In his second cinematic outing of 2014 director Clint Eastwood tells the story of Navy Seal Chris Kyle. The most lethal sniper in American history, with one hundred and sixty confirmed kills. A pretty amazing stat, considering modern warfare is getting less and less personalized. However, “American Sniper”(based on the memoir by Kyle, Scott McEwen and James Defelcie) attempts to be both pro war and anti war. A patriotic combat film displaying Kyle’s military exploits as well as a somber post combat film about him having to readjust to normal society between tours. It’s a great story yet Eastwood’s film rarely escalates to such heights. It’s competently made but also underwhelming; the screenplay by James Hall often resorts to cliché and heavy-handed storytelling.
After starting in medias res, the film flashes back to briefly guide us through Kyle’s early life, including his decision to join the Seals. While I can see the intention with these scenes they-- for the most part--feel unnecessary. I don’t think I needed a scene showing a young Kyle hunting bucks with his dad to illustrate an early interest in marksmanship, something that can be easily seen on the battlefield. Even worse I certainly didn’t need Kyle’s father at the dinner table talking about how there are three kinds of people in the world: sheep, wolves and sheep dogs (protectors). And how Kyle is going to grow up to be the third option. Again, something else that can be shown on the battlefield. These scenes feel too obvious and heavy-handed. In general, the movie has a tendency to talk down to the audience. The only moments that do seem necessary are Kyle’s sudden decision to join the army—after hearing about U.S. Embassies getting blown up—and the meeting of his wife Taya Renae (Sienna Miller). However, since they’re preceded by four or five other superfluous scenes, Eastwood has to rush through without giving them enough time to breathe.
“American Sniper” is best when it focuses on Kyle’s (Bradley Cooper) military accomplishments in Iraq and more specifically when it gets into his head as a sniper. As a sniper you’re put into a position of extreme omnipotence. Being perched on a building high above you can see basically everything going on therefore the safety of your teammates rests heavily on your shoulders. An even heavier burden to carry is deciding who lives and who dies on the opposing side. Is that military-aged male reporting troop movement or calling a friend? Or even worse, do you kill that Iraqi child walking towards a troop convoy carrying a grenade? It’s a tremendous amount of responsibility and stress and the picture coveys all of this in a fairly tense and exciting manner.
The rest of the combat sequences—the ones not involving sniping-- while occasionally thrilling, feel relatively standard and routine. Watching them you’re reminded of the combat scenes in better modern war movies like Ridley Scott’s “Black Hawk Down” and Peter Berg’s “Lone Survivor,” from last year. Eastwood’s picture rarely grabs you the way those movies did. During “Lone Survivor” there were times I was practically hiding under my seat because I was so uncomfortable, whereas in “American Sniper” I barely cringed. On top of that, Kyle’s military buddies remain one-dimensional. Making it difficult for me to care too much about them when tragedy strikes.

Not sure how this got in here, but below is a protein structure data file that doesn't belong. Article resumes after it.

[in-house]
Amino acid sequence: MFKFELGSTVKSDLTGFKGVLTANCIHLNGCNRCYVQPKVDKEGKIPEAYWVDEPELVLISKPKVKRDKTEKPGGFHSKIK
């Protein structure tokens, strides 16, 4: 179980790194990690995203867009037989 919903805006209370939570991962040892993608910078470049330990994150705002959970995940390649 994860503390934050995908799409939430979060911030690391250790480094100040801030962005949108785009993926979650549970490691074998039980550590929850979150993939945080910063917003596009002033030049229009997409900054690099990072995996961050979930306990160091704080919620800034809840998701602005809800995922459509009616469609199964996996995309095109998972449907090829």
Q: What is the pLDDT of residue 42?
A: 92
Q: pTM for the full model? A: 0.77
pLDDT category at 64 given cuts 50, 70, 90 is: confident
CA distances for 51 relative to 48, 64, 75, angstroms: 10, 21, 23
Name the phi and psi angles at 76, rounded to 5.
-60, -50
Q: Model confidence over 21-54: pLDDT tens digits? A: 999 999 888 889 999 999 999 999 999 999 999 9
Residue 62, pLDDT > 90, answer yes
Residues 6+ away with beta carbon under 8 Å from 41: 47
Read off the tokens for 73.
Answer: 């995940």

The conflicts that take place on the homeland between Kyle and Taya are even less compelling. Miller does the best she can but her character is sort of hung out to dry. In addition to being saddled with some of the worst, most cliché lines of dialogue--“when you’re here, its like you’re not here!”—she’s stuck being the wet blanket wife at home with the kids. Now, I’m not saying being the wife of a service man isn’t difficult but Eastwood and Hall don’t give Taya enough dimensions. About fifty percent of her role is sobbing or yelling at Kyle. As for Kyle’s two kids, they’re just treated as props; there to add more surface-level emotions and stakes to Kyle’s situation. I realize the movie isn’t called “American Sniper and his Family” but if you’re going to incorporate the family aspect into a war picture they need to hold more of a presence.
To his credit, Cooper is actually very good. Convincingly portraying a man who’s torn between his country and his family. A man who loves the thrill of combat even when it starts to take a toll on his psyche and affect his home life. Cooper’s handsome but likable everyman sensibilities fit Kyle perfectly and he wisely underplays the character. Having read the book, I know that Kyle wasn’t a showboat but instead modest when it came to his military accomplishments. In a scene near the end of the movie when Kyle is faced with his impressive kill record he isn’t fazed by it. It can be difficult to play a humble warrior but overall Cooper’s performance feels genuine and is easily the film’s strongest asset. That being said, even Cooper is sometimes hindered by the screenplay’s more heavy-handed and propagandistic qualities. At times Kyle will break into some pro America diatribe about the military conflict and constantly refers to the Iraqis as “savages.” Again, I know Kyle was very patriotic but in the movie these moments feel tacked on.
I wish I could say I was disappointed by “American Sniper,” but to be honest I haven’t come to expect much from Eastwood these days. I admire that the eighty four year old director/actor continues to make movies and while none of his recent efforts—“Jersey Boys,” “J Edgar,” “Invictus,”—have been flat out bad there just hasn’t been a lot of fire and passion in them either. “American Sniper” is skillfully made but it’s hardly ever remarkable. Like the rest of Eastwood’s filmography of late “Sniper” goes through the motions.